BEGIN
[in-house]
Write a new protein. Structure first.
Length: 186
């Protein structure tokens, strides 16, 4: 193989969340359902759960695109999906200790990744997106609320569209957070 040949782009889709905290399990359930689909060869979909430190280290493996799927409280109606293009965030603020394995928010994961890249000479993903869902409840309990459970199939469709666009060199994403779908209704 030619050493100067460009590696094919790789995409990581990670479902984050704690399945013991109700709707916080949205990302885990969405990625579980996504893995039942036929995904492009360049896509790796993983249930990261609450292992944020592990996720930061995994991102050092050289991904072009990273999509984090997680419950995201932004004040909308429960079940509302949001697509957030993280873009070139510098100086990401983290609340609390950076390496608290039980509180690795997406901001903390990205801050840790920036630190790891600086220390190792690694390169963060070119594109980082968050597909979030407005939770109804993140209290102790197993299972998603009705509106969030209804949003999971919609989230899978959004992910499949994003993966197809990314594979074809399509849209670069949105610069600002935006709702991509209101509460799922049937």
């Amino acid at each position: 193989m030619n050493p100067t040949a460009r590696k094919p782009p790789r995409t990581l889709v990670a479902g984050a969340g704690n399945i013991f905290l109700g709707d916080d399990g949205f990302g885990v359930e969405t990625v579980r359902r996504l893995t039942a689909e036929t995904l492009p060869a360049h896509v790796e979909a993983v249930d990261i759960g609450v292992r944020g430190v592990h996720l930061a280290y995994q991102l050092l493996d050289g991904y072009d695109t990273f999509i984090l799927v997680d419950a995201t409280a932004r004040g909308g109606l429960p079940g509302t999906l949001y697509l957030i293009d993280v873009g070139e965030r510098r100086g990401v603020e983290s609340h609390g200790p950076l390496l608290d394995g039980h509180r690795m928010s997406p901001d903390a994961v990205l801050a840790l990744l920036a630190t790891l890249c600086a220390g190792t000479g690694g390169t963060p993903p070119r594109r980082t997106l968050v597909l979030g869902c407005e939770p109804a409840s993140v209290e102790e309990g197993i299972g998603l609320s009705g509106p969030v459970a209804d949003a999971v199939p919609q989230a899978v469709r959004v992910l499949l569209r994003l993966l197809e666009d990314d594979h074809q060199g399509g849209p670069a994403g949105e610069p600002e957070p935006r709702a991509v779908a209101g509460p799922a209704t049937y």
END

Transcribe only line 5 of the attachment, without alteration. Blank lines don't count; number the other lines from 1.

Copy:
């Amino acid at each position: 193989m030619n050493p100067t040949a460009r590696k094919p782009p790789r995409t990581l889709v990670a479902g984050a969340g704690n399945i013991f905290l109700g709707d916080d399990g949205f990302g885990v359930e969405t990625v579980r359902r996504l893995t039942a689909e036929t995904l492009p060869a360049h896509v790796e979909a993983v249930d990261i759960g609450v292992r944020g430190v592990h996720l930061a280290y995994q991102l050092l493996d050289g991904y072009d695109t990273f999509i984090l799927v997680d419950a995201t409280a932004r004040g909308g109606l429960p079940g509302t999906l949001y697509l957030i293009d993280v873009g070139e965030r510098r100086g990401v603020e983290s609340h609390g200790p950076l390496l608290d394995g039980h509180r690795m928010s997406p901001d903390a994961v990205l801050a840790l990744l920036a630190t790891l890249c600086a220390g190792t000479g690694g390169t963060p993903p070119r594109r980082t997106l968050v597909l979030g869902c407005e939770p109804a409840s993140v209290e102790e309990g197993i299972g998603l609320s009705g509106p969030v459970a209804d949003a999971v199939p919609q989230a899978v469709r959004v992910l499949l569209r994003l993966l197809e666009d990314d594979h074809q060199g399509g849209p670069a994403g949105e610069p600002e957070p935006r709702a991509v779908a209101g509460p799922a209704t049937y």